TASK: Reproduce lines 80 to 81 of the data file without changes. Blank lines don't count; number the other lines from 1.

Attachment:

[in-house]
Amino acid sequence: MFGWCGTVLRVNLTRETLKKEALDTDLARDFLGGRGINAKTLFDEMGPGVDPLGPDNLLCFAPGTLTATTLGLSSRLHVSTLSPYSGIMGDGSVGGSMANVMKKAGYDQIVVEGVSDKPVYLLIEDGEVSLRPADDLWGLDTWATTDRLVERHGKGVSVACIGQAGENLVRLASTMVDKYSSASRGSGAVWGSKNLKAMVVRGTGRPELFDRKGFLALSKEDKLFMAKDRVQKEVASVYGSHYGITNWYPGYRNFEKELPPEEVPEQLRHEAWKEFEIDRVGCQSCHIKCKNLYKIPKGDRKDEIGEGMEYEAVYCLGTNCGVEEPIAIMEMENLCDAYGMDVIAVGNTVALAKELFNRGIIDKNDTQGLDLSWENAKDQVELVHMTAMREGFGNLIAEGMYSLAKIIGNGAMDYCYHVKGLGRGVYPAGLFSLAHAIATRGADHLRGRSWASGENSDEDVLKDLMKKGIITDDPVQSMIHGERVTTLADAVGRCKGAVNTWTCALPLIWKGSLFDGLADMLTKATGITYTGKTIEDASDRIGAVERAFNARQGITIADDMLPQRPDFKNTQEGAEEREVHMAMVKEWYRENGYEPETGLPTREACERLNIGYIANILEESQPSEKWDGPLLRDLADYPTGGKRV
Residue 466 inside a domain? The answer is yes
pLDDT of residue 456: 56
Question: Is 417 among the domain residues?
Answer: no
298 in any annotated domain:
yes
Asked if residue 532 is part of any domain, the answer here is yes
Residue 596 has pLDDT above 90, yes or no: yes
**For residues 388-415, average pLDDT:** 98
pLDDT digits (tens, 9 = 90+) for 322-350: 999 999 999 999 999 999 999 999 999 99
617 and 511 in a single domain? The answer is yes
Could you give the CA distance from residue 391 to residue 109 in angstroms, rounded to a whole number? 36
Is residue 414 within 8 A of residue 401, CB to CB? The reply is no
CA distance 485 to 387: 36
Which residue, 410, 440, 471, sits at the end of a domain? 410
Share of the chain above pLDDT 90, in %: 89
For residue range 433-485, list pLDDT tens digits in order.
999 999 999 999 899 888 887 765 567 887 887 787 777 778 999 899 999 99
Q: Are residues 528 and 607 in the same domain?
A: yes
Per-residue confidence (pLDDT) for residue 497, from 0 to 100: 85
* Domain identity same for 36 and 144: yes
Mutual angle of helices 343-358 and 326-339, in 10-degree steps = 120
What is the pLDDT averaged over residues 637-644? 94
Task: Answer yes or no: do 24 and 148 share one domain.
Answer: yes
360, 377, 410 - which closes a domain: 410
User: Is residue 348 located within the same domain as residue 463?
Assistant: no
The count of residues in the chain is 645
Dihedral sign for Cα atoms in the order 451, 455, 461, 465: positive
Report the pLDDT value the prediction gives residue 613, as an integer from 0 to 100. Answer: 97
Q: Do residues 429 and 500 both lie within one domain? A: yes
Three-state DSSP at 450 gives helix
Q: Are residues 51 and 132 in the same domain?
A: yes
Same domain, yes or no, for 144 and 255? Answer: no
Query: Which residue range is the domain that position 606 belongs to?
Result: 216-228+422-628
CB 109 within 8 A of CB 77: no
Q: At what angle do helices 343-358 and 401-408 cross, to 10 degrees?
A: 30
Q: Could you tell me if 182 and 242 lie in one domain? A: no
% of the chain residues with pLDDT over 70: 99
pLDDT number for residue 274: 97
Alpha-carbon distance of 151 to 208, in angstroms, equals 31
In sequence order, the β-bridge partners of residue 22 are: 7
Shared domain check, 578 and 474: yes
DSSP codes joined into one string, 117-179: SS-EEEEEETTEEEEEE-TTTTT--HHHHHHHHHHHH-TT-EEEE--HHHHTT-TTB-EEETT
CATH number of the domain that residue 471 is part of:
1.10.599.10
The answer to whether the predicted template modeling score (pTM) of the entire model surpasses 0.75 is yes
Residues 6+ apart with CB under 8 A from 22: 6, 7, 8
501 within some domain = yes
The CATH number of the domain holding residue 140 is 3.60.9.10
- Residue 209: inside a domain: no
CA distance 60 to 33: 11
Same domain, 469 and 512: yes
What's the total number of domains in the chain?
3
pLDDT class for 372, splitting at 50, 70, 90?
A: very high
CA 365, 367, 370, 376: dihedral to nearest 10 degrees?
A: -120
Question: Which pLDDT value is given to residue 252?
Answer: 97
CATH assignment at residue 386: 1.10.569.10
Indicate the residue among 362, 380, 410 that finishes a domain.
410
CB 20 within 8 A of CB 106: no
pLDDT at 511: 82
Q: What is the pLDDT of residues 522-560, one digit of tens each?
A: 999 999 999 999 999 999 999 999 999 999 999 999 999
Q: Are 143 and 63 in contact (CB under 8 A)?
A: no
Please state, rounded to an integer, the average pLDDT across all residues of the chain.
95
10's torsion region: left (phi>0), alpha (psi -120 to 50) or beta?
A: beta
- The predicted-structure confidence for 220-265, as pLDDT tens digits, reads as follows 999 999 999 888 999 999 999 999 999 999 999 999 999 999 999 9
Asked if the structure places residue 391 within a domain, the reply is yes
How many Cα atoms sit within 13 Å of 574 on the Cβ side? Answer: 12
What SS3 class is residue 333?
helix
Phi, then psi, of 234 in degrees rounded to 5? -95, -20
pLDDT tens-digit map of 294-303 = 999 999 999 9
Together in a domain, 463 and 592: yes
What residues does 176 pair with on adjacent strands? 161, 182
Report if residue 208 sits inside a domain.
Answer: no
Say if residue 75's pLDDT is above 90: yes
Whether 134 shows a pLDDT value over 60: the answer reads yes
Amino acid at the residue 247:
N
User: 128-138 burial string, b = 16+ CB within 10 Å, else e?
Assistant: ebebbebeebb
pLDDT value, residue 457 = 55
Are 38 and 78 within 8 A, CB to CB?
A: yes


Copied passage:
10's torsion region: left (phi>0), alpha (psi -120 to 50) or beta?
A: beta